Lars: It beats the hell out of traveling alone. We’re good friends and we’ve always got something to talk about, whether its work or private, so killing time is way more fun. And to be honest, one of the most important qualities a DJ needs to have is the ability to wait. Cause that’s what you’re doing a lot. Waiting on a taxi, on a plane, standing in line for a coffee, waiting at the hotel, waiting for your set to start, waiting on that moment where you can finally sleep, etc.And waiting together is way easier when you’ve got someone you know really well to talk to.
Maarten: And when we’re not waiting or playing, we always have a few midweeks days off, where we really like to explore the city we’re at, visiting local record stores, going to a museum and looking for great places to eat. That time during a tour is really worth a lot, cause it’s pretty much the only time we really have ‘’off’’, and can catch up on some sleep and let the mind rest for a bit.
HR: Any favourite moments from your past visits to Australia?
Maarten: We played an 8 hour set at Revolver and I don’t think I’ll forget that one any time soon. Such a great place and a lovely place that really lets you believe the rest of the world is switched off until further notice. I remember putting on Skinnerbox’ theme de yoyo and dancing like crazy with the crowd.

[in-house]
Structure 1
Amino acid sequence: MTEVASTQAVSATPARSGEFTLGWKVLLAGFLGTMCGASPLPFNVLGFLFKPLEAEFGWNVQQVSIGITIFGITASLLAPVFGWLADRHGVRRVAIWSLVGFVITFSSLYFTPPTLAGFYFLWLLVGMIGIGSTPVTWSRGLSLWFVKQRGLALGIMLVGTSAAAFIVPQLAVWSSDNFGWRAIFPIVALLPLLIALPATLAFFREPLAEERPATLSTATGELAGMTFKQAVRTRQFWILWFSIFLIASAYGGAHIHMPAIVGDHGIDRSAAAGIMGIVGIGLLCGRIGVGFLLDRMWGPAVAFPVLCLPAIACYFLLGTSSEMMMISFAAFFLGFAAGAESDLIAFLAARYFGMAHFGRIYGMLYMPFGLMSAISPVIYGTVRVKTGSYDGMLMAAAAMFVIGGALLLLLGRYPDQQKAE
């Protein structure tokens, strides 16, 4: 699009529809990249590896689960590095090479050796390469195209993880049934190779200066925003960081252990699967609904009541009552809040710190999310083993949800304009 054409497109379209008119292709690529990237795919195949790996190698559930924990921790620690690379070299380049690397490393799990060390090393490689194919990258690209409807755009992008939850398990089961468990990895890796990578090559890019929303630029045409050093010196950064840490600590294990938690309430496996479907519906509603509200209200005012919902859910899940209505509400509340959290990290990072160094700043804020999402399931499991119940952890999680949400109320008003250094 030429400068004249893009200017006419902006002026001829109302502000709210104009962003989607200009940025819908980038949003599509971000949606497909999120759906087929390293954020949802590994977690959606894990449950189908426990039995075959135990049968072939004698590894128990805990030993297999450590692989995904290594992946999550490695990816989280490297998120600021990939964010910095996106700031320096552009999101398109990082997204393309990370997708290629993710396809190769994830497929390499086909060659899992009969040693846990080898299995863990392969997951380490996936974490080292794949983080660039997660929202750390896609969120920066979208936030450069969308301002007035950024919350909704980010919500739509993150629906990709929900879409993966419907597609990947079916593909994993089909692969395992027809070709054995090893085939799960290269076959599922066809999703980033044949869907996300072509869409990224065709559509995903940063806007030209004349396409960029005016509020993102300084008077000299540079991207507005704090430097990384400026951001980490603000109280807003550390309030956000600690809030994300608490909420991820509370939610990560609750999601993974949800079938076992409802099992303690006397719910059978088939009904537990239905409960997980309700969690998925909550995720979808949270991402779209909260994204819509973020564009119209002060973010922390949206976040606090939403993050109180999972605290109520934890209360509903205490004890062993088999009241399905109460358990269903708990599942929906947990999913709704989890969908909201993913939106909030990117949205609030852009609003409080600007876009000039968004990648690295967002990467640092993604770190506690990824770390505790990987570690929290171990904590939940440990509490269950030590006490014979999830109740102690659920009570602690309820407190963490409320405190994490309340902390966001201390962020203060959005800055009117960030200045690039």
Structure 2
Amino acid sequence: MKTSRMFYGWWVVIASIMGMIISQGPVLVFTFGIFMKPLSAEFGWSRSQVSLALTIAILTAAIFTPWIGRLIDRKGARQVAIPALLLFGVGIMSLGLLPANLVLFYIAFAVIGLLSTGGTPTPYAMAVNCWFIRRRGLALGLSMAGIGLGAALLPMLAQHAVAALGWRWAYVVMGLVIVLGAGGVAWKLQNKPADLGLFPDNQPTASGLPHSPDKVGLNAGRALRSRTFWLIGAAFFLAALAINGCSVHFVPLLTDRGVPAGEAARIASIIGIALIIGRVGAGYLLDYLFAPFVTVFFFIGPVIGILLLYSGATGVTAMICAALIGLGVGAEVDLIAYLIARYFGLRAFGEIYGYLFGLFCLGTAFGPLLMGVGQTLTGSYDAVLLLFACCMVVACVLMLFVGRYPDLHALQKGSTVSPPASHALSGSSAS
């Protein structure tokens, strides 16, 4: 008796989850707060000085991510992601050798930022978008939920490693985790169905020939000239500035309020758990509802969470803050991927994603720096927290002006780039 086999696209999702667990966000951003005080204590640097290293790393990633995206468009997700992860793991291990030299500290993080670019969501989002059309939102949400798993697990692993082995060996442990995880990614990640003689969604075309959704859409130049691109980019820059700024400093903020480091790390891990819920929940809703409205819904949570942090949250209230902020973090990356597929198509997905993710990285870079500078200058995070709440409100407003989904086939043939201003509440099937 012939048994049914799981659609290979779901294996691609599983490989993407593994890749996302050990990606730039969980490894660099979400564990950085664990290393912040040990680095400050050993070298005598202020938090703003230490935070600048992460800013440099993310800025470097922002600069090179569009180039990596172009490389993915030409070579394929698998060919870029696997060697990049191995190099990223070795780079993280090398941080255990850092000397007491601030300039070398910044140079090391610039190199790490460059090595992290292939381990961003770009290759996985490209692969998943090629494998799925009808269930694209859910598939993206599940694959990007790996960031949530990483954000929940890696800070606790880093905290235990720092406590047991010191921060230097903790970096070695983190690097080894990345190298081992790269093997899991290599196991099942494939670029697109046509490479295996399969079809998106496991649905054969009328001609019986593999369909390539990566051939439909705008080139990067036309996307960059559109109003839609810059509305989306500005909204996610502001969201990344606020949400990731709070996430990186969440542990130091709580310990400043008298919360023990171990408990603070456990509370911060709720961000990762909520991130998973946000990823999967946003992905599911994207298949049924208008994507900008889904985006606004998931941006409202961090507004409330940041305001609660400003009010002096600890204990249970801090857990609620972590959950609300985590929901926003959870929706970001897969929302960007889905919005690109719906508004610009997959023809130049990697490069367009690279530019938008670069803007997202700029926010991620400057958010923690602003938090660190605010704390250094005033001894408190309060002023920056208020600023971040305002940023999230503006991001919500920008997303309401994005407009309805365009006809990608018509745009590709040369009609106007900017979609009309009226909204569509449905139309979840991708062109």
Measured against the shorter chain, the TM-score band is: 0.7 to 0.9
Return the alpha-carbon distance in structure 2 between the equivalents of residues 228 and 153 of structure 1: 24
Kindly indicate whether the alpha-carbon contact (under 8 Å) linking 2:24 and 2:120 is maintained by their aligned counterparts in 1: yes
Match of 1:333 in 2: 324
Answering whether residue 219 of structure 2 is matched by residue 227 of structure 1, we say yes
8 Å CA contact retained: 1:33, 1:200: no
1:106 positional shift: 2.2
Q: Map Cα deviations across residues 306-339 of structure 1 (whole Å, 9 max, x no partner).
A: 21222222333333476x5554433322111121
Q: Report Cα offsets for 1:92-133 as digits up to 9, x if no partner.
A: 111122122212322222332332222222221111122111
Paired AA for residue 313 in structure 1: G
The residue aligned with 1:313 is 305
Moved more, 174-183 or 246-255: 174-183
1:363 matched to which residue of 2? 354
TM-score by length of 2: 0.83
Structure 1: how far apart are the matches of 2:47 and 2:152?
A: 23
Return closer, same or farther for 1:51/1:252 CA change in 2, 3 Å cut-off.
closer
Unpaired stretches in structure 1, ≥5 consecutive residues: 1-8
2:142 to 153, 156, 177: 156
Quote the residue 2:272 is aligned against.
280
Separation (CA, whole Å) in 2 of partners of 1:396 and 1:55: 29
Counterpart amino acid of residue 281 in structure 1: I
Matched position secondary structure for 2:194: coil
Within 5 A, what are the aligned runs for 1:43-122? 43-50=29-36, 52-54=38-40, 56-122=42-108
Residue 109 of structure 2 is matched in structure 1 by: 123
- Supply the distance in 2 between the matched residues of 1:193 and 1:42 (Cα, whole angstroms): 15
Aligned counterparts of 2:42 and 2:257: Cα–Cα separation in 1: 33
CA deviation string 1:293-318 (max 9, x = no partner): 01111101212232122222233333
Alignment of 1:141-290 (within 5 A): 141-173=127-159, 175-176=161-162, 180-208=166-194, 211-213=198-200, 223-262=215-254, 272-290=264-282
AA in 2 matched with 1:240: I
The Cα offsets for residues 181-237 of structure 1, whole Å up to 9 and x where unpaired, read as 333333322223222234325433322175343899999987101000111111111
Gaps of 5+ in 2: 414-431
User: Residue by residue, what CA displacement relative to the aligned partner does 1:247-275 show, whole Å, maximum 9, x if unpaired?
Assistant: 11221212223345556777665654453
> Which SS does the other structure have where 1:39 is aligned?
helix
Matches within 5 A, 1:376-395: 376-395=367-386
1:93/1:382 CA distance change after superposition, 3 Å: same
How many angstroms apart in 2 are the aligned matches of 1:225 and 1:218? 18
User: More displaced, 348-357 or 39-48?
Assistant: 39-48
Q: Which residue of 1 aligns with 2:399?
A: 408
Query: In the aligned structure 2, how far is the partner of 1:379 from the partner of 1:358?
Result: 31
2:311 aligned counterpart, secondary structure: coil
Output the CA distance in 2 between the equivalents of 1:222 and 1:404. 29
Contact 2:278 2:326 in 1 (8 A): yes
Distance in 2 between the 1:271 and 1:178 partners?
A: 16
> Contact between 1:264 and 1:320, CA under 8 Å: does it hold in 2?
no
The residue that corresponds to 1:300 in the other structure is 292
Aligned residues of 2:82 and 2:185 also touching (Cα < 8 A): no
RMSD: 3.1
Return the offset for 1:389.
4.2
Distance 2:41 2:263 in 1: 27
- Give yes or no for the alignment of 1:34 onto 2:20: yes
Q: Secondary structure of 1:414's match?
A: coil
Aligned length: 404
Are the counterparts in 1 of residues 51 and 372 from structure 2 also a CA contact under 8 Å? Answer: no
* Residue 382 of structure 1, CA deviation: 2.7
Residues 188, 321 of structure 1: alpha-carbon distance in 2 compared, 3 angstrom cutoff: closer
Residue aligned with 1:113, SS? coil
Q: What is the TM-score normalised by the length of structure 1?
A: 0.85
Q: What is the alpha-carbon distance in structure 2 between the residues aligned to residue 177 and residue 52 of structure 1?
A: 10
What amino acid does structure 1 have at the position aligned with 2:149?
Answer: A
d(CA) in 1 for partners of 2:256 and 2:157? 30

Lars: I also remember eating at one place in Sydney where they had cheeseburger spring rolls. That was a weird experience. Last time we stayed a midweek near Perth in a little shack close to the beach. That was some great downtime with some surfing, bbq’s and beers every day.
HR: Any tips for other aspiring producers?
Maarten: Work hard, and focus on a sound that is really really true to yourself, and not just produce something cause you think it will work. Do a lot of reading, and above all, listen to as much and as diverse music as possible. It’s the best training for both the brain and the ear there is.
HR: Plans for the future?
Lars: For the not so distant future. We’re gonna take some time to finish the gazillion projects we’ve got ready to work out. Apart from that, we’ve got a bunch of live shows coming up this summer on big festivals, so we’ve got a lot of time planned with Lorenz, our key player, to work on new songs for the live shows and refine the set we played on our latest tour in the US. Hopefully we can bring that show to Australia as well some time…
You can catch Detroit Swindle in the next couple of days in Melbourne, Wollongong, and Sydney. Tour dates are below.
Friday 27th May: smalltown @ Brown Alley, Melbourne
Saturday 28th May: The Grand, Wollongong (Day)
Saturday 28th May: Chinese Laundry, Sydney (Night)